Therefore, please be aware that if you should need to contact your VA for any reason, either by letter or fax, you probably also need to send the same information to your Congressman so that at some point in the future, you can expect some kind of third party response.

Thursday, June 16, 2011

The Hill & Help for Vets/Caregivers

Dear Friends,

     As you know, a part of what VeteranCaregiver does is to contact Congressmen and Senator staff liaisons for Veterans Issues on your behalf, or to start the conversation for a specific issue.  As a constituent (a voting member of your district or state), your state's Congressman or Senator will open a case file and try to assist with the challenge you've identified to them.  There are many kinds of inquiries, but I will just outline the simplest measures to follow in this blog because they've come up recently and we want you to be most effective with your limited time.

     Here are some facts that you should know that will help you:

  • Identify your legislators by using the Tell My Politician feature on VCG; obtain the phone number
  • CALL the Washington, DC Office first and state your need
  • FAX a follow-up letter to the office and also email a response to summarize your request
  • Do not mail letters, as the security precautions for snail mail will delay your inquiry by up to 6 weeks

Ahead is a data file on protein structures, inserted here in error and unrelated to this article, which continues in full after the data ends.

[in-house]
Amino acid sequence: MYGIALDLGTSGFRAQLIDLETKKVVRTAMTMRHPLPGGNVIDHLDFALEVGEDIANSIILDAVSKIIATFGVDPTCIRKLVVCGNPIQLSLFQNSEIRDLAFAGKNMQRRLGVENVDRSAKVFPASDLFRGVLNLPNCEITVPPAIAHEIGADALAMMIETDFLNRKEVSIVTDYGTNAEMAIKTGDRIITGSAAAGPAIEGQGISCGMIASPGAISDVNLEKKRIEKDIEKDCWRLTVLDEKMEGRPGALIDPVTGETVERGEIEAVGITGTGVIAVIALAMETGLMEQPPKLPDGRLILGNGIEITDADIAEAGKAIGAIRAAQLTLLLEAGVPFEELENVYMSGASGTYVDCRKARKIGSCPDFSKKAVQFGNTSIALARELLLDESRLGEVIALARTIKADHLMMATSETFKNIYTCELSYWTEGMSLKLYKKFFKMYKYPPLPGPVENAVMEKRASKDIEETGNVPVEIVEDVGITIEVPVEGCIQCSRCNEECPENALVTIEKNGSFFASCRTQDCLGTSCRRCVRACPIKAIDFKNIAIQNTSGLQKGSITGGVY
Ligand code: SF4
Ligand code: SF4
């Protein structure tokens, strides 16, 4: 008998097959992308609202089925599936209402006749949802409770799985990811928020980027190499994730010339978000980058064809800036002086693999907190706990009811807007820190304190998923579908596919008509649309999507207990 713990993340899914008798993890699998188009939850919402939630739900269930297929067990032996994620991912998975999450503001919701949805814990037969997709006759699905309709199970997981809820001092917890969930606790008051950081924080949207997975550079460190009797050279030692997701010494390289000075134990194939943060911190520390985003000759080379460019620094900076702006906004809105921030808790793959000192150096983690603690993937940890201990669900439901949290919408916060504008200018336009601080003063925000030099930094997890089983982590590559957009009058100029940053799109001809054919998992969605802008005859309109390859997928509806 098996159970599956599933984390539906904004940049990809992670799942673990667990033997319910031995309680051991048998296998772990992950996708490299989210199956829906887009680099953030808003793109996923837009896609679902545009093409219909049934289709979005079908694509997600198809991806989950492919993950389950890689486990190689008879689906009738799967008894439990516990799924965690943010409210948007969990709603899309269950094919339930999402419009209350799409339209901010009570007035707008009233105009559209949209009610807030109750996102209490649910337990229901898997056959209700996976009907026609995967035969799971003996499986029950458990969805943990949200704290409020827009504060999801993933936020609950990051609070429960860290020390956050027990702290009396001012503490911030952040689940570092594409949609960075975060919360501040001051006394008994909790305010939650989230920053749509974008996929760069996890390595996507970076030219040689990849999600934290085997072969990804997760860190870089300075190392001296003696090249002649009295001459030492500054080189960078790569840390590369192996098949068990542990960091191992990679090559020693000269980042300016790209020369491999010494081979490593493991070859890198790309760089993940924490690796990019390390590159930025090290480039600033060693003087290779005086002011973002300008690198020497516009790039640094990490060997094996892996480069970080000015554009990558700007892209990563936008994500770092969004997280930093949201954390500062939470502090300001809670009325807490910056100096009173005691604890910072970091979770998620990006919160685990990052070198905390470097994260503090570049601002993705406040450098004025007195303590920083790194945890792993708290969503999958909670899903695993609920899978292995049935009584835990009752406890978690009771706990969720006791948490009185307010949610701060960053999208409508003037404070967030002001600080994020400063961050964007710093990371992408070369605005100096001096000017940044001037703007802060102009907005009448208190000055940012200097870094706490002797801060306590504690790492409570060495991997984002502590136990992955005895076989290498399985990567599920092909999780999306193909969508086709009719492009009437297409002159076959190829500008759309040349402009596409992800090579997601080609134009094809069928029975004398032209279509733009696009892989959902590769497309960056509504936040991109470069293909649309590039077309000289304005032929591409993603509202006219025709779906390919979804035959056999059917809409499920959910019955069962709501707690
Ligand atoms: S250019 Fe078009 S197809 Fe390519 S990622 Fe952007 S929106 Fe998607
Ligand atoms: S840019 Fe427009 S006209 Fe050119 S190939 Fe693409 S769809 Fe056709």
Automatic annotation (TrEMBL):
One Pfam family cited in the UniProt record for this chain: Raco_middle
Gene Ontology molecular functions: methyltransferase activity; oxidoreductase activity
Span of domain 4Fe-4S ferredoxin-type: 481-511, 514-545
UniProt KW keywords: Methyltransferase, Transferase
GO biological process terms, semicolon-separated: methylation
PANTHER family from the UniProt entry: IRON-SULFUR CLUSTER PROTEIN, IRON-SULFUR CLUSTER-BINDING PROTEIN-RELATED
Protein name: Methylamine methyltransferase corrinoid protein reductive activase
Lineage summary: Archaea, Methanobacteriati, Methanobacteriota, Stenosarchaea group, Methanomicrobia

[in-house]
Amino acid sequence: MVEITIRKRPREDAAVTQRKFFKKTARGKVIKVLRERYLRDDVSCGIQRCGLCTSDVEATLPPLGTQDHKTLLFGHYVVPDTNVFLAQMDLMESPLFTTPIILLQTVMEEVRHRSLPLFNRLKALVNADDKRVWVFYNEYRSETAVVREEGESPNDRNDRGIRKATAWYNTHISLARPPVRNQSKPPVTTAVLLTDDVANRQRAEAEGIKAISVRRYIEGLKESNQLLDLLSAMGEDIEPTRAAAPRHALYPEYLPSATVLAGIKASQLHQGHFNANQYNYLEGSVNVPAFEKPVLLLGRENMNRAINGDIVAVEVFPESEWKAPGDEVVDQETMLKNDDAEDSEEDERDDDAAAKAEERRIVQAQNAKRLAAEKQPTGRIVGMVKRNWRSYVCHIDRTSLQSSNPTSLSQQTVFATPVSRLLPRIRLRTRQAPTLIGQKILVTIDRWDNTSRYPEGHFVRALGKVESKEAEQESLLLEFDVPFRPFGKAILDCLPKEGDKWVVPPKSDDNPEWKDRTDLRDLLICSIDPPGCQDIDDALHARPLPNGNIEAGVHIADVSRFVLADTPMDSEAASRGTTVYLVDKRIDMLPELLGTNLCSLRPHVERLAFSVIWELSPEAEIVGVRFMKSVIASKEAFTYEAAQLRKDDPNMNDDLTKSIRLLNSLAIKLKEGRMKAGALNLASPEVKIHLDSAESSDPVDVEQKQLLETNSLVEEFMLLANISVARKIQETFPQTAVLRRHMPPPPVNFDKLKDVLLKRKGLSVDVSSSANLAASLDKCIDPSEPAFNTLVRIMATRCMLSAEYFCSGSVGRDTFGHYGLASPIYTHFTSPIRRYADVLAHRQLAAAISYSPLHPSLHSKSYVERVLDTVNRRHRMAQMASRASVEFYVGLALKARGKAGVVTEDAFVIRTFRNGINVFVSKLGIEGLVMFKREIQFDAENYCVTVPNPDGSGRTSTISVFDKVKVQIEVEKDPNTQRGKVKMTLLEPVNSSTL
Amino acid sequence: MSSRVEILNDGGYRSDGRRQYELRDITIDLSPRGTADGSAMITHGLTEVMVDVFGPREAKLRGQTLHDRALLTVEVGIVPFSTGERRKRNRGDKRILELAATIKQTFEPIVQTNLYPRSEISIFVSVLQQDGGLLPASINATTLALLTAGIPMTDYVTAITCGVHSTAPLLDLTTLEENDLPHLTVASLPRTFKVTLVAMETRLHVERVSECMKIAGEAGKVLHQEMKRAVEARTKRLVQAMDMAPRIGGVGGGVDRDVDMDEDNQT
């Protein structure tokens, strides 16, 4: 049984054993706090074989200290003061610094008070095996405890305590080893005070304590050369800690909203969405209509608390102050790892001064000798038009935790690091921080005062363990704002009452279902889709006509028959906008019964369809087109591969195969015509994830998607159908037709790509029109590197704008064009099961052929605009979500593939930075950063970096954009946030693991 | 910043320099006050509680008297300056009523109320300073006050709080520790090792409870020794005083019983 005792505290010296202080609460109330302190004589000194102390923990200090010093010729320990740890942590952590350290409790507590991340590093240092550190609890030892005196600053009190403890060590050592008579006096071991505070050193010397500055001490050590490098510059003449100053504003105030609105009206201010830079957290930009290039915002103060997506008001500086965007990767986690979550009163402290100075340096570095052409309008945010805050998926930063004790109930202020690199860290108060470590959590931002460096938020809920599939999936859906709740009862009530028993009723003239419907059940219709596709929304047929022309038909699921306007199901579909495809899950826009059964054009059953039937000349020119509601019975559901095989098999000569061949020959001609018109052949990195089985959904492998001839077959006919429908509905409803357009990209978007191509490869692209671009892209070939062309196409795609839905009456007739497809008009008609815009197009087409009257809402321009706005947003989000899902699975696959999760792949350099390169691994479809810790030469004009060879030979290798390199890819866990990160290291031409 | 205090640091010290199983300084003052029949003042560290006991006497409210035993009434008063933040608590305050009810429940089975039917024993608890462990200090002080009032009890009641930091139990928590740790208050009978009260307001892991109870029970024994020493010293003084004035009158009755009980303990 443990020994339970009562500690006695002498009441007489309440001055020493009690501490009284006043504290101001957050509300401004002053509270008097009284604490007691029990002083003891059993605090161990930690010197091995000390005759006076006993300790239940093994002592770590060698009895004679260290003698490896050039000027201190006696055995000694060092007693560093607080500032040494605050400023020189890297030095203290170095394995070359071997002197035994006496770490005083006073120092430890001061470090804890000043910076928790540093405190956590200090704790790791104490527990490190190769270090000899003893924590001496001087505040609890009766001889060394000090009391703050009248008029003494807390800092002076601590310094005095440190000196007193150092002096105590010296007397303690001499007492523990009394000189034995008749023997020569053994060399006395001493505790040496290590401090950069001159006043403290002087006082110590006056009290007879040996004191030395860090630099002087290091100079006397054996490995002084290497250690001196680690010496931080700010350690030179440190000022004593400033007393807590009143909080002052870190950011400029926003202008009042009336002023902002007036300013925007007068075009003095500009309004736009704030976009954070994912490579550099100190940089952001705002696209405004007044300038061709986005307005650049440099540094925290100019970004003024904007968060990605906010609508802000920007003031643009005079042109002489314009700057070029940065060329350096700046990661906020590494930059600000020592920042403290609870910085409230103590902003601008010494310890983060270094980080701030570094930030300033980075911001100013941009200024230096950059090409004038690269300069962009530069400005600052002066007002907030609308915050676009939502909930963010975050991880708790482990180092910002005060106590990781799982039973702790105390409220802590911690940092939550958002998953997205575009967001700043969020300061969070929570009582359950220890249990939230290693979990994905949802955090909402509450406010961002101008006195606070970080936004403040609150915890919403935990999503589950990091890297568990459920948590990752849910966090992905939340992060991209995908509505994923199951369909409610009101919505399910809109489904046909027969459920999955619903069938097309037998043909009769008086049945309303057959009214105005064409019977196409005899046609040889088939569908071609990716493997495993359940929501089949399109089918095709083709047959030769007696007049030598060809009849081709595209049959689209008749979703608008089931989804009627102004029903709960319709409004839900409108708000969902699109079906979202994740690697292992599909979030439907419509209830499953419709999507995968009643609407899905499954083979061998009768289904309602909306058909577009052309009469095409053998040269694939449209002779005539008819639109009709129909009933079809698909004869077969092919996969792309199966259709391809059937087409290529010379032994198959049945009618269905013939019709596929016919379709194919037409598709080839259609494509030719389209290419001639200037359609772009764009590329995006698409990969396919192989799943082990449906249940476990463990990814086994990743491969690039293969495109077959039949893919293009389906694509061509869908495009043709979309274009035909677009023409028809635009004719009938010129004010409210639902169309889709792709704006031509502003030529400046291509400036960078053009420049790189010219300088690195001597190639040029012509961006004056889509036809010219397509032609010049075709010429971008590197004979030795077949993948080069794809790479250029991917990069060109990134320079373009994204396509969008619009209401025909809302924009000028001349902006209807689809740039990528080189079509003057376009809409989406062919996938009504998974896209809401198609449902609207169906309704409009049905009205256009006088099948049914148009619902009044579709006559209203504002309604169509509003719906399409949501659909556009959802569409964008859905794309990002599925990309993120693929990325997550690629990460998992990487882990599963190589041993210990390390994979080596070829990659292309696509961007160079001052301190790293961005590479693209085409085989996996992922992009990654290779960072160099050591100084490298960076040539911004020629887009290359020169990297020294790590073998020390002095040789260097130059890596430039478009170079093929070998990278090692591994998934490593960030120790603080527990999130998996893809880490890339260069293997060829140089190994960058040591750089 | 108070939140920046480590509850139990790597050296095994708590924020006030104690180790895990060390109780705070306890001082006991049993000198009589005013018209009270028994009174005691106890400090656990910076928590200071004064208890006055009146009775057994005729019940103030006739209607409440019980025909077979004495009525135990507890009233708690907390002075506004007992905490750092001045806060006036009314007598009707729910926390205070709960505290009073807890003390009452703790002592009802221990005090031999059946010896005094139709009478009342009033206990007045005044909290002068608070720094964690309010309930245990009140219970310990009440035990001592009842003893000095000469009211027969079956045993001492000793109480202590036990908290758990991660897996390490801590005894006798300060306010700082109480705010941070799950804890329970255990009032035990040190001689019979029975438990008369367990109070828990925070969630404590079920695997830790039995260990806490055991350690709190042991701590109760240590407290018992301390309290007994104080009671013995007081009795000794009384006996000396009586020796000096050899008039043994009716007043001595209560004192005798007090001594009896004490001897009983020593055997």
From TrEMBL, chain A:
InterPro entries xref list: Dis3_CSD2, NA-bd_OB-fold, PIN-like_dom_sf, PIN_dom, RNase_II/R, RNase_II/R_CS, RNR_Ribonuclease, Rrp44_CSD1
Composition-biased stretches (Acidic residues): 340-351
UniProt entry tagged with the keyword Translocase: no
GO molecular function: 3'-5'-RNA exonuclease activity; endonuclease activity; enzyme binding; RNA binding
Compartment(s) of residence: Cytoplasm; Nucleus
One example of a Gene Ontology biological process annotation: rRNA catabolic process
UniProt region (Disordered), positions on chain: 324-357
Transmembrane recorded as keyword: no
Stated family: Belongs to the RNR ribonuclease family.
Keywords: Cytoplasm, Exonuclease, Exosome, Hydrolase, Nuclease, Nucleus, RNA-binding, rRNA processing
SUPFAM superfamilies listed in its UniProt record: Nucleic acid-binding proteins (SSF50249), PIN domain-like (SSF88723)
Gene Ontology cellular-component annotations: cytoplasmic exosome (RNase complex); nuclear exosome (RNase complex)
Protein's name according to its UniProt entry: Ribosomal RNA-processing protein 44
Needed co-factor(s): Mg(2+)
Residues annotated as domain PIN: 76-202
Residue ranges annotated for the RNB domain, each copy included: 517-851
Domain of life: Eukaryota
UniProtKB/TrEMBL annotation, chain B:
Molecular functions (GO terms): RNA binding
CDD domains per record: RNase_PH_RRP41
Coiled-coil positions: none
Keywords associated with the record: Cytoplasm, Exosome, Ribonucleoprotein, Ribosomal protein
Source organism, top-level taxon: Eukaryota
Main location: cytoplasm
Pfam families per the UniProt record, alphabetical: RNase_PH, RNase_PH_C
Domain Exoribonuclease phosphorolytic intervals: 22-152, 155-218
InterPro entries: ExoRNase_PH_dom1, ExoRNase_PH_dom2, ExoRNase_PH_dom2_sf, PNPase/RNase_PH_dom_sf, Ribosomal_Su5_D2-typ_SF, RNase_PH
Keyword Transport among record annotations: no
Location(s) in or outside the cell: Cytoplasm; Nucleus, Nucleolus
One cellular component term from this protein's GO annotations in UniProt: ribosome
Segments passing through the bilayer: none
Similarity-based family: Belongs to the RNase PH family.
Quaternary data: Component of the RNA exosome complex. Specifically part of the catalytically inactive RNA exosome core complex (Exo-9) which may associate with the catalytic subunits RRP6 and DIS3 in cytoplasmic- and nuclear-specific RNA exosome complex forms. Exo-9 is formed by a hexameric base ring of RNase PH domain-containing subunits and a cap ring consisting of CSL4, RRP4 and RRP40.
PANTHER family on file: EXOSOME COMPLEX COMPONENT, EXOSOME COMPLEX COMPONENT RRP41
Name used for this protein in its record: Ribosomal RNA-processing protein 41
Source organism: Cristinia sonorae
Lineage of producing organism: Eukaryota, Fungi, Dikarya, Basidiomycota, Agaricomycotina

• If asked to sign releases, ask what the release is for?  In most cases, you do NOT need to release your medical records in order to have them assist you.  Be prudent, but make the best decision possible to obtain what you need.
  • If you do not hear back within a reasonable time, CALL again; you must remain persistent
     If you support a legislator's efforts on a particular bill or effort identified in a press release (and available on VCG in Hill Notes or the Hearings links), DO write them by email and also on their Facebook pages; social media is used widely to read the "political wind" and to calculate public opinion.

     Know that if you send inquiries to legislators OUTSIDE of your state, that by "professional courtesy", that office will simply send on your inquiry to the Committee staffer for YOUR state area, and you will likely NOT receive a response.  Just this morning, I spoke with a high-ranking member's office about a non-response to one of our Vets/Caregivers, and was told that "we can't respond to all the emails".  As you can imagine, most people receive high volume email, so when you don't hear from them, place a CALL; it will be answered and your issue temporarily moved to the top of the pile.  You will then hear what they have done on your behalf.

     This sounds a great deal like working with the agencies, I know, but please know that these folks are elected and sworn to serve YOU, the constituent.  If you can make the time to call, document, and follow-up, chances are very good that you will receive help.  Make friends with the Veterans Liaison staffer; it's well worth the effort.

     Finally, know that we will continue to advocate for you when the load is just too much - this is a case of multiple contacts, persistence, warmth, caring and follow-up.  Hope this helps some of you just a little bit!  Washington is a world of its own.


Friday, June 10, 2011

VeteranCaregiver/ROR Trip 2

Hi friends,